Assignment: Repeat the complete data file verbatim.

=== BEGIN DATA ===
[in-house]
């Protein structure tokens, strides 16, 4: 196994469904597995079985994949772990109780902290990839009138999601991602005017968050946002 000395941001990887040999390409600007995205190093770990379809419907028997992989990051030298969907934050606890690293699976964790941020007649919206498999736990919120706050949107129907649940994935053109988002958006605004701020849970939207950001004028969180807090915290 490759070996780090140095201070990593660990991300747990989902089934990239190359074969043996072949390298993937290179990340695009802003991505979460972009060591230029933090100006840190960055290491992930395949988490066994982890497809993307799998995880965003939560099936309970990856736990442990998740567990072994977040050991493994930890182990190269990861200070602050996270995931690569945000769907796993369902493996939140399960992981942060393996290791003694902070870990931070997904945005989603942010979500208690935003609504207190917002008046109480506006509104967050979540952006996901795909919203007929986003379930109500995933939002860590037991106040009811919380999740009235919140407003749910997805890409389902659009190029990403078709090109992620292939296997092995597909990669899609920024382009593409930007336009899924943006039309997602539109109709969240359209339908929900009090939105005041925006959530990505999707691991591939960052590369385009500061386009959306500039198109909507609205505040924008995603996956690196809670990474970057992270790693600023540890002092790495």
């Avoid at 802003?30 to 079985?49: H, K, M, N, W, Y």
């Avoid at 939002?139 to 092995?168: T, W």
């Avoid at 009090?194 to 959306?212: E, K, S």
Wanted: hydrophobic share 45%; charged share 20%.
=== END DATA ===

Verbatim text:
[in-house]
């Protein structure tokens, strides 16, 4: 196994469904597995079985994949772990109780902290990839009138999601991602005017968050946002 000395941001990887040999390409600007995205190093770990379809419907028997992989990051030298969907934050606890690293699976964790941020007649919206498999736990919120706050949107129907649940994935053109988002958006605004701020849970939207950001004028969180807090915290 490759070996780090140095201070990593660990991300747990989902089934990239190359074969043996072949390298993937290179990340695009802003991505979460972009060591230029933090100006840190960055290491992930395949988490066994982890497809993307799998995880965003939560099936309970990856736990442990998740567990072994977040050991493994930890182990190269990861200070602050996270995931690569945000769907796993369902493996939140399960992981942060393996290791003694902070870990931070997904945005989603942010979500208690935003609504207190917002008046109480506006509104967050979540952006996901795909919203007929986003379930109500995933939002860590037991106040009811919380999740009235919140407003749910997805890409389902659009190029990403078709090109992620292939296997092995597909990669899609920024382009593409930007336009899924943006039309997602539109109709969240359209339908929900009090939105005041925006959530990505999707691991591939960052590369385009500061386009959306500039198109909507609205505040924008995603996956690196809670990474970057992270790693600023540890002092790495």
């Avoid at 802003?30 to 079985?49: H, K, M, N, W, Y």
């Avoid at 939002?139 to 092995?168: T, W």
């Avoid at 009090?194 to 959306?212: E, K, S």
Wanted: hydrophobic share 45%; charged share 20%.